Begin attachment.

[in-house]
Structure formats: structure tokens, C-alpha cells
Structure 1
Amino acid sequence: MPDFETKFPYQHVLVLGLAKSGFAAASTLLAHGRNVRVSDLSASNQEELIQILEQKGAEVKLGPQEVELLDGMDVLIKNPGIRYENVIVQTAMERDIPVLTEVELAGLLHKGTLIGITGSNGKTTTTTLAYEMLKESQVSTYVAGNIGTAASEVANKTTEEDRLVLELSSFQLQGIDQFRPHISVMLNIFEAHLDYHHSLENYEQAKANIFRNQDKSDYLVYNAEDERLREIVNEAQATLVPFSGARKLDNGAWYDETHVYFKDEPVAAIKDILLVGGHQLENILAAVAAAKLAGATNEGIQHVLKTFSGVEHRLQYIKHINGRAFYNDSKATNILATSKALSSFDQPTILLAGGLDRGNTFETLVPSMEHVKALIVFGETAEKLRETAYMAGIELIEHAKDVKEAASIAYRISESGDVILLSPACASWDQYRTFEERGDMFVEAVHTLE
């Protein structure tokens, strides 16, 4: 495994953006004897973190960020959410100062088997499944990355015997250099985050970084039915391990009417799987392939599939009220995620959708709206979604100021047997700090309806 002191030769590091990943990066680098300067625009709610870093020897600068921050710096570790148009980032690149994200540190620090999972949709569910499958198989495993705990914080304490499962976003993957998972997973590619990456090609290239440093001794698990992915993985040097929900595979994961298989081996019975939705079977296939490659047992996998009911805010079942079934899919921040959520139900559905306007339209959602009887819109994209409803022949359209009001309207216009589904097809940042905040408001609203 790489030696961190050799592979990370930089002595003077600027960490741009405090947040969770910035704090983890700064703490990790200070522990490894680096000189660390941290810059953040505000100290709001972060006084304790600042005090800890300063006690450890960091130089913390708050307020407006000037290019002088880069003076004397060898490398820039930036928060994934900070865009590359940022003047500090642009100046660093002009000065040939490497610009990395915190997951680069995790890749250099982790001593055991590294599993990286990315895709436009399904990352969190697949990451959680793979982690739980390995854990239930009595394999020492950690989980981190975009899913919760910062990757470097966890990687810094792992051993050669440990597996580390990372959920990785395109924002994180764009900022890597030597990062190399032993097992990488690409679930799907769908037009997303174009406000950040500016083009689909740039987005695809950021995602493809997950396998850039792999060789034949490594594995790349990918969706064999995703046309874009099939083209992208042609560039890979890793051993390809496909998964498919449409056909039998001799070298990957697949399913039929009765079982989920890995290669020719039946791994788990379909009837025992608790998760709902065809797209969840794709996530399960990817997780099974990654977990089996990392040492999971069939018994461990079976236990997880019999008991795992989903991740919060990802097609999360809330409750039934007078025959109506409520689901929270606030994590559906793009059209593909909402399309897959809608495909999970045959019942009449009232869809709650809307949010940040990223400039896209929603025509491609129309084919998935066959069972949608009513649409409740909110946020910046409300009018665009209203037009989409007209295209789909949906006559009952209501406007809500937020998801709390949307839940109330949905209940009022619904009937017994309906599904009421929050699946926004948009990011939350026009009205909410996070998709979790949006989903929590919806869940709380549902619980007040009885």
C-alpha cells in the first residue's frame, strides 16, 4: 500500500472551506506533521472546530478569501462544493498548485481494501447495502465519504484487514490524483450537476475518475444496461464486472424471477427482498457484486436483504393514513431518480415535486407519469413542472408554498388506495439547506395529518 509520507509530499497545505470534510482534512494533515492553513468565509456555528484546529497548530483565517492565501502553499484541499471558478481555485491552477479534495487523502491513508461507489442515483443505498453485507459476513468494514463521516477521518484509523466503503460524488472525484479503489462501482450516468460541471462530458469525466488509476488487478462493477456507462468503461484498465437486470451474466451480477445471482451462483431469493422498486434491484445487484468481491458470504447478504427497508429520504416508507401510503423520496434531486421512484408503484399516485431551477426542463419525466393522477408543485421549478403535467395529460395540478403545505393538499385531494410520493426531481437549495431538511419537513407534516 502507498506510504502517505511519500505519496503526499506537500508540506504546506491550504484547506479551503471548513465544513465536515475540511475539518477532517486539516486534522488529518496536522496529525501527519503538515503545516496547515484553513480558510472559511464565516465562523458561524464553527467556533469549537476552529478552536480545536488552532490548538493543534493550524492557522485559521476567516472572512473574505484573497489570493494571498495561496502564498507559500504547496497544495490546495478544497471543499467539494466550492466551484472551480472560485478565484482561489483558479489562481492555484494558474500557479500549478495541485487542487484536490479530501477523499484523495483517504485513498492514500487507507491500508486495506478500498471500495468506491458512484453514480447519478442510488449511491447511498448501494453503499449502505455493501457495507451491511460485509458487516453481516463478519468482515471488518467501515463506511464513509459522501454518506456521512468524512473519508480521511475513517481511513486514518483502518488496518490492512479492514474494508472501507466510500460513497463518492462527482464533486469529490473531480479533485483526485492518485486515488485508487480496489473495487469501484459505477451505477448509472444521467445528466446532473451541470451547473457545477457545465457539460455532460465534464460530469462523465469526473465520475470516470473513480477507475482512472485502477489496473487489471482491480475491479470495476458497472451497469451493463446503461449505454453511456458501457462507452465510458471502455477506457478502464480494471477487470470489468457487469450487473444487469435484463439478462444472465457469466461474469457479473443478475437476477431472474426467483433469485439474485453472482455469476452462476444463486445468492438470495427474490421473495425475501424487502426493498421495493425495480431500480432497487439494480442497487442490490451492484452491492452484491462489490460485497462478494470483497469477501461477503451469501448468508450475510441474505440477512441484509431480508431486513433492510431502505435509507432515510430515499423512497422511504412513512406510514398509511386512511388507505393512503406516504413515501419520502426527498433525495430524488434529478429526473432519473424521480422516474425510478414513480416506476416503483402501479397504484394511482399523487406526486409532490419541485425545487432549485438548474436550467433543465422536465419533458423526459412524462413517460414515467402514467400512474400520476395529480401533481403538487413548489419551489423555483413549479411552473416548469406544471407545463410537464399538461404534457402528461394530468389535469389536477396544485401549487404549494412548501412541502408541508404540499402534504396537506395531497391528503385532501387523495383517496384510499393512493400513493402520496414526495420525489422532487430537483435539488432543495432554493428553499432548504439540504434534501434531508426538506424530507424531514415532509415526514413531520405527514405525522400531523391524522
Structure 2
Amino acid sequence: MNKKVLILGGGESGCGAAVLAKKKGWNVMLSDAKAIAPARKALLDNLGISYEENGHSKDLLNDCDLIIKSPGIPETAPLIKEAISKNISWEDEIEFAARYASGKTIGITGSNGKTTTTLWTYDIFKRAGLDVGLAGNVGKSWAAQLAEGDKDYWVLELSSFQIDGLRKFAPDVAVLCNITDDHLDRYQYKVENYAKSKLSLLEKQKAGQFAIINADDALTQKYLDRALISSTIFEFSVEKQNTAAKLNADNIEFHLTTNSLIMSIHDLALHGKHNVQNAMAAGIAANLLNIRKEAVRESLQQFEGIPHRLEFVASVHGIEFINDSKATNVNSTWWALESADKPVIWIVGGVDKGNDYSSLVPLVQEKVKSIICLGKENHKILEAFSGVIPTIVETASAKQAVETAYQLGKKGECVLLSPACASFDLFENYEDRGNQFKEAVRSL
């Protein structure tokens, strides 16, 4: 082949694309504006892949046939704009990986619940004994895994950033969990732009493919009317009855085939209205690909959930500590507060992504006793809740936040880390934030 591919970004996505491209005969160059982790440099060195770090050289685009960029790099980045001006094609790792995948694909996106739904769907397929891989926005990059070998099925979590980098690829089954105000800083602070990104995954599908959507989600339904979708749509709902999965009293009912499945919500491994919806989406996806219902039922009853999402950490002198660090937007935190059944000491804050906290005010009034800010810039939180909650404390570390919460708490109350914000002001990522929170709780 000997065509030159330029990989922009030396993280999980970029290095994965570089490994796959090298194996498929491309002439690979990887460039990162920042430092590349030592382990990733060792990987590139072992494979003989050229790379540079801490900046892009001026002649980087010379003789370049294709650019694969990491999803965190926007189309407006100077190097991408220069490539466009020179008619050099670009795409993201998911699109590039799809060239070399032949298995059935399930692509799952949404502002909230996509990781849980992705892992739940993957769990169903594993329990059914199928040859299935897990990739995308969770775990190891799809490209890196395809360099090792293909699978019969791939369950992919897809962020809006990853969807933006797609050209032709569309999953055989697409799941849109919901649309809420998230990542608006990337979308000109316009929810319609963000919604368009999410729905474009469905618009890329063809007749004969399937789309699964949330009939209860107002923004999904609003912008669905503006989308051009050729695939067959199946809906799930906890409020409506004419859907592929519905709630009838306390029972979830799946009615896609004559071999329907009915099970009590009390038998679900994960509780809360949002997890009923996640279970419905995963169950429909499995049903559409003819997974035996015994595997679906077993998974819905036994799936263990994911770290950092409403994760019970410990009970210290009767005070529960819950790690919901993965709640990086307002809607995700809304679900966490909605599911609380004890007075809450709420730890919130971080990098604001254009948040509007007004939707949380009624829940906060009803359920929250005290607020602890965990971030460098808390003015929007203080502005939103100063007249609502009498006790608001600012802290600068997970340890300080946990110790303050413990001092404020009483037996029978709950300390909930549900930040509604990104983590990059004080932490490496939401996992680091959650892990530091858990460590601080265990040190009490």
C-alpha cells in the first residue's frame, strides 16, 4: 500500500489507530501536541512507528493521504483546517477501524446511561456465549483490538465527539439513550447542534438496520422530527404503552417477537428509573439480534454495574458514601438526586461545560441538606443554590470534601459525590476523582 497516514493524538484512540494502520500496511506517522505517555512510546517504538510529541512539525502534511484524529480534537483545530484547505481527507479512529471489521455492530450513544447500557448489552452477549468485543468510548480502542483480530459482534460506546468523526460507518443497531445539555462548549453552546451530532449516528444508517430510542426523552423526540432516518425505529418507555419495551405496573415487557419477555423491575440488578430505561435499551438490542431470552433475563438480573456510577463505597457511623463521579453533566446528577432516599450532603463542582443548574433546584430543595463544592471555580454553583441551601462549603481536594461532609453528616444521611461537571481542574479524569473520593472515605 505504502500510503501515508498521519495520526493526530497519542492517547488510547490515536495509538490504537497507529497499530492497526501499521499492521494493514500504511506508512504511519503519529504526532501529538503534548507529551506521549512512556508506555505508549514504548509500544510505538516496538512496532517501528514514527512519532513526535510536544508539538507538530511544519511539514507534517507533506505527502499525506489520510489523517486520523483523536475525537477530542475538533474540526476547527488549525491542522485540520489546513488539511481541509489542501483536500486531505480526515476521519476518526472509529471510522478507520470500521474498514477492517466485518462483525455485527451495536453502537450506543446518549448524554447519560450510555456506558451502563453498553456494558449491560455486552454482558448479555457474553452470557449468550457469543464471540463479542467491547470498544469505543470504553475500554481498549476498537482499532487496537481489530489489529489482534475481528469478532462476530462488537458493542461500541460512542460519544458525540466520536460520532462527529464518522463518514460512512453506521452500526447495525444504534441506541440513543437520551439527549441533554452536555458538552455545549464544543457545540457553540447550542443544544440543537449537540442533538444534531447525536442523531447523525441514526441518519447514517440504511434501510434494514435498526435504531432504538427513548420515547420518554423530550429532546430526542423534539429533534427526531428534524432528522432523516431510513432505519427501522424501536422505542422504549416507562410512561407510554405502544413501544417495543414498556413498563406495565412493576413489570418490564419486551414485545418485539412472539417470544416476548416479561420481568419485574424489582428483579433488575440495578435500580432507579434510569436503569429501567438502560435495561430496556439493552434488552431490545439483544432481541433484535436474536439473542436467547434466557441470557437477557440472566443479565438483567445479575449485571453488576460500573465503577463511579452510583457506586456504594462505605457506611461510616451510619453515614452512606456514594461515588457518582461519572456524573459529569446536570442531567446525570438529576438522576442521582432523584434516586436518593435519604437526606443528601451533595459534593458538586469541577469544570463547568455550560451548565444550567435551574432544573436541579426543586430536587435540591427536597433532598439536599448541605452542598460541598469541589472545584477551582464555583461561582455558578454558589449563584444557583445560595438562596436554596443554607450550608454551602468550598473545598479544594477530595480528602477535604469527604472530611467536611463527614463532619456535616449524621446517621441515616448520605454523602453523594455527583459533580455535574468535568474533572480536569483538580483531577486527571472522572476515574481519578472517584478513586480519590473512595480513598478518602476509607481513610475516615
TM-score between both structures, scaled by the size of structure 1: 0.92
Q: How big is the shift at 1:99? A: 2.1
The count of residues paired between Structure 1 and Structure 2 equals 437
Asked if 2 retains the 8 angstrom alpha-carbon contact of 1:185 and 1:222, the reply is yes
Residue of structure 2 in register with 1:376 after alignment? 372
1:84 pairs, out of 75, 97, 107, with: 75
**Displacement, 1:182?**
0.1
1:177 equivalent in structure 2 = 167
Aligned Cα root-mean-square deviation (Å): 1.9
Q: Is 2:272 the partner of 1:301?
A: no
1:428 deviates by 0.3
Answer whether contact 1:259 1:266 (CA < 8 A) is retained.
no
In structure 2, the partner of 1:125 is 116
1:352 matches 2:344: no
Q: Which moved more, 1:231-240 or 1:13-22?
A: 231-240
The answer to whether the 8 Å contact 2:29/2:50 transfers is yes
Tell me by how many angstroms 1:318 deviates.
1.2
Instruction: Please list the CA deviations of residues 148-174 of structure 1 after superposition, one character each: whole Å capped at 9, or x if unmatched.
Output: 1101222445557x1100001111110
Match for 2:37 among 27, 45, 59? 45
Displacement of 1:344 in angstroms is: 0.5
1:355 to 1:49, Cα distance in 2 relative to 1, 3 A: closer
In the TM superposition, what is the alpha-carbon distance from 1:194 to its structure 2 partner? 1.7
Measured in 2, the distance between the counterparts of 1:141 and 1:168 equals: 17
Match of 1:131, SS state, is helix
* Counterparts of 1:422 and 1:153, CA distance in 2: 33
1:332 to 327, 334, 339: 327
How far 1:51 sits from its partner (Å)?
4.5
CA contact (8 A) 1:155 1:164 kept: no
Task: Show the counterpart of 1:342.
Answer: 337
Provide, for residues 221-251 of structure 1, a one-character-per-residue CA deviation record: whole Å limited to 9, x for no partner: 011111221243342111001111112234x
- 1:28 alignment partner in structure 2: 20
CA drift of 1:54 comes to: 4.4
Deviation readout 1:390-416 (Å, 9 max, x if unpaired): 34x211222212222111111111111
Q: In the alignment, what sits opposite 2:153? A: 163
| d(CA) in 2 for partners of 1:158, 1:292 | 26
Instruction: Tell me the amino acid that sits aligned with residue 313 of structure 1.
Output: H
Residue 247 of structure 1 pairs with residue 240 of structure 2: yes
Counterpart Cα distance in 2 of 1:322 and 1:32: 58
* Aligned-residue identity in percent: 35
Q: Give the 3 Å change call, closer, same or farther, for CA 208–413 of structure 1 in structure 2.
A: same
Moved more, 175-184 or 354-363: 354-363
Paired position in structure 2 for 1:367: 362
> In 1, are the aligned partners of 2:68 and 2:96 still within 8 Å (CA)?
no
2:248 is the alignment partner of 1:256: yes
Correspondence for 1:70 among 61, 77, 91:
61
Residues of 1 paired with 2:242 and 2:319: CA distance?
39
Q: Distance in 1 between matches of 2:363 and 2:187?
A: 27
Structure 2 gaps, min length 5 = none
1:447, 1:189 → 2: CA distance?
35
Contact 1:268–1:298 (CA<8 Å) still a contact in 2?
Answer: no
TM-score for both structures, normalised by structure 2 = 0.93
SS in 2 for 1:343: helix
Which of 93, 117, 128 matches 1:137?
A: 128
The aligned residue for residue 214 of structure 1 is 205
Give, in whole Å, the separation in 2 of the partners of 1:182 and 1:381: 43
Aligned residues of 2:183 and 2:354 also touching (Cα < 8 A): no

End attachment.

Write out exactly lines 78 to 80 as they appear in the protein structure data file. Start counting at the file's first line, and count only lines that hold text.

SS in 2 for 1:343: helix
Which of 93, 117, 128 matches 1:137?
A: 128